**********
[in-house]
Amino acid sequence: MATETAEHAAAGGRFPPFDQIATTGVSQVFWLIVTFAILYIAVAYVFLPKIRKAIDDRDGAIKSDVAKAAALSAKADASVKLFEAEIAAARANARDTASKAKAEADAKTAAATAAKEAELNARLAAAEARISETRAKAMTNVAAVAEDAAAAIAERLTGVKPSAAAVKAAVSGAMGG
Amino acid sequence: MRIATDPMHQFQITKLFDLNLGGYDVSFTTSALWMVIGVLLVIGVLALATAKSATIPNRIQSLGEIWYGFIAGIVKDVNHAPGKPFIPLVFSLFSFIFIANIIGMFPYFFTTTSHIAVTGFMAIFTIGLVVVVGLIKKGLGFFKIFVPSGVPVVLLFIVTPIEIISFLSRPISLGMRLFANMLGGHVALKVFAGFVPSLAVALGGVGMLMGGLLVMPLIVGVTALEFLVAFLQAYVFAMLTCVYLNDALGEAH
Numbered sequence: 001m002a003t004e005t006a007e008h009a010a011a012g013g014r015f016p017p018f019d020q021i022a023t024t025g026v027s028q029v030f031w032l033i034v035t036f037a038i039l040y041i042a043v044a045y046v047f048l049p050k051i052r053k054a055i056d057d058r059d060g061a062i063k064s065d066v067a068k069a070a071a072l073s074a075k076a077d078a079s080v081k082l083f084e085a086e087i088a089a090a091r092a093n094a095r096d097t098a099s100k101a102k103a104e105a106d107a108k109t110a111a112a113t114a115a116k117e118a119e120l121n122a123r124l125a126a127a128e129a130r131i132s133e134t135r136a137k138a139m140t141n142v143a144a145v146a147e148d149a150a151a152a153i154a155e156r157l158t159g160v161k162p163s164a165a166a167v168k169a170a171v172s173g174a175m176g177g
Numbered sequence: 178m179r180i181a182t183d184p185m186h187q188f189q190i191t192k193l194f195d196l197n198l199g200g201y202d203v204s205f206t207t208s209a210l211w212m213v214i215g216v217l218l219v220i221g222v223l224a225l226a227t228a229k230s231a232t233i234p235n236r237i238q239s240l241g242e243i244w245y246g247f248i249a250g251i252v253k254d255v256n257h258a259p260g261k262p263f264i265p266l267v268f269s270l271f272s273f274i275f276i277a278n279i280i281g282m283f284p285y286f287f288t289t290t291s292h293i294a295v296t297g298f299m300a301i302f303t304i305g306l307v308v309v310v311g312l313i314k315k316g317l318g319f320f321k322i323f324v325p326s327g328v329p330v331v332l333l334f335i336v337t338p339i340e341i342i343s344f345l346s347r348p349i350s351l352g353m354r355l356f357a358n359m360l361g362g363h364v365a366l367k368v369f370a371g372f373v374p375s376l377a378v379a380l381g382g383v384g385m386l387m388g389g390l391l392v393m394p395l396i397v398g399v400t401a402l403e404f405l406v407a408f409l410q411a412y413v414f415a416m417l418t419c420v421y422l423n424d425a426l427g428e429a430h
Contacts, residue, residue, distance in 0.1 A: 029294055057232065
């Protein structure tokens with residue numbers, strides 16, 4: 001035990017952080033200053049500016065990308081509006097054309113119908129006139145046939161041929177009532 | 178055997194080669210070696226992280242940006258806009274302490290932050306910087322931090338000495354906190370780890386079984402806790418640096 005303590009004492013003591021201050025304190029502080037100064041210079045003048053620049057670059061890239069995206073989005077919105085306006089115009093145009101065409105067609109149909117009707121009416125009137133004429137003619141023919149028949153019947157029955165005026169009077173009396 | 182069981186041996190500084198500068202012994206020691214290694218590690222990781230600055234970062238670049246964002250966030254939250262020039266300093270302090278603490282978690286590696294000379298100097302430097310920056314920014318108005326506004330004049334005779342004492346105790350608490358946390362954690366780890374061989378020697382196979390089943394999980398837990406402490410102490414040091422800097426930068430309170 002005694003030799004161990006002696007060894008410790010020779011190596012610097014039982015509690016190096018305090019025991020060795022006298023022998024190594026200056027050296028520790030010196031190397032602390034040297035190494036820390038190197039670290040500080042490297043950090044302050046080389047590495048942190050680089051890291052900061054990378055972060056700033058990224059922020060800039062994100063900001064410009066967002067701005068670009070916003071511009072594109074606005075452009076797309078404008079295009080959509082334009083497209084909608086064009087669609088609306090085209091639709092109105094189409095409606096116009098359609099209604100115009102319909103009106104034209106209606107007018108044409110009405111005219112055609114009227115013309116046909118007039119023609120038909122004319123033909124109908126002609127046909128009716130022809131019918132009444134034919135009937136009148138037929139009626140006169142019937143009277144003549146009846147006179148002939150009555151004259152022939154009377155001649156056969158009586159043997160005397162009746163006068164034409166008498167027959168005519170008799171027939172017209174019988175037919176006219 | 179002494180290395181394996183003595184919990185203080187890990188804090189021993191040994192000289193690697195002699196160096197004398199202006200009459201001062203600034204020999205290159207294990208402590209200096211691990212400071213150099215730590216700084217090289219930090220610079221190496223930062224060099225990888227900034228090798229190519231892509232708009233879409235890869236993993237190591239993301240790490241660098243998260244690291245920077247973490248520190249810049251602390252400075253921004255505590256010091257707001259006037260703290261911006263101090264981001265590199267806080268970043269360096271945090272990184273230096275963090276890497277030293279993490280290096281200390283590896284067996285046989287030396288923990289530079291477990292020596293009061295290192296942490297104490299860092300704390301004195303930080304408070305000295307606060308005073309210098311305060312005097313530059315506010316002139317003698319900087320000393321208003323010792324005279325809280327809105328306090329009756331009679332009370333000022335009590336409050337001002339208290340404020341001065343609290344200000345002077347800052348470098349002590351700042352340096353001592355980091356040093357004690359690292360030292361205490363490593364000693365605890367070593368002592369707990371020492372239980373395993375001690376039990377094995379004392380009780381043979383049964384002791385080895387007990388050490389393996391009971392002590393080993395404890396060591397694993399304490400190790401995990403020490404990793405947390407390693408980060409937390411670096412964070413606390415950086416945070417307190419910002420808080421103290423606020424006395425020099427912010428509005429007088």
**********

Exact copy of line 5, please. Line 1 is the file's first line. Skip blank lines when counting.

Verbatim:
Numbered sequence: 178m179r180i181a182t183d184p185m186h187q188f189q190i191t192k193l194f195d196l197n198l199g200g201y202d203v204s205f206t207t208s209a210l211w212m213v214i215g216v217l218l219v220i221g222v223l224a225l226a227t228a229k230s231a232t233i234p235n236r237i238q239s240l241g242e243i244w245y246g247f248i249a250g251i252v253k254d255v256n257h258a259p260g261k262p263f264i265p266l267v268f269s270l271f272s273f274i275f276i277a278n279i280i281g282m283f284p285y286f287f288t289t290t291s292h293i294a295v296t297g298f299m300a301i302f303t304i305g306l307v308v309v310v311g312l313i314k315k316g317l318g319f320f321k322i323f324v325p326s327g328v329p330v331v332l333l334f335i336v337t338p339i340e341i342i343s344f345l346s347r348p349i350s351l352g353m354r355l356f357a358n359m360l361g362g363h364v365a366l367k368v369f370a371g372f373v374p375s376l377a378v379a380l381g382g383v384g385m386l387m388g389g390l391l392v393m394p395l396i397v398g399v400t401a402l403e404f405l406v407a408f409l410q411a412y413v414f415a416m417l418t419c420v421y422l423n424d425a426l427g428e429a430h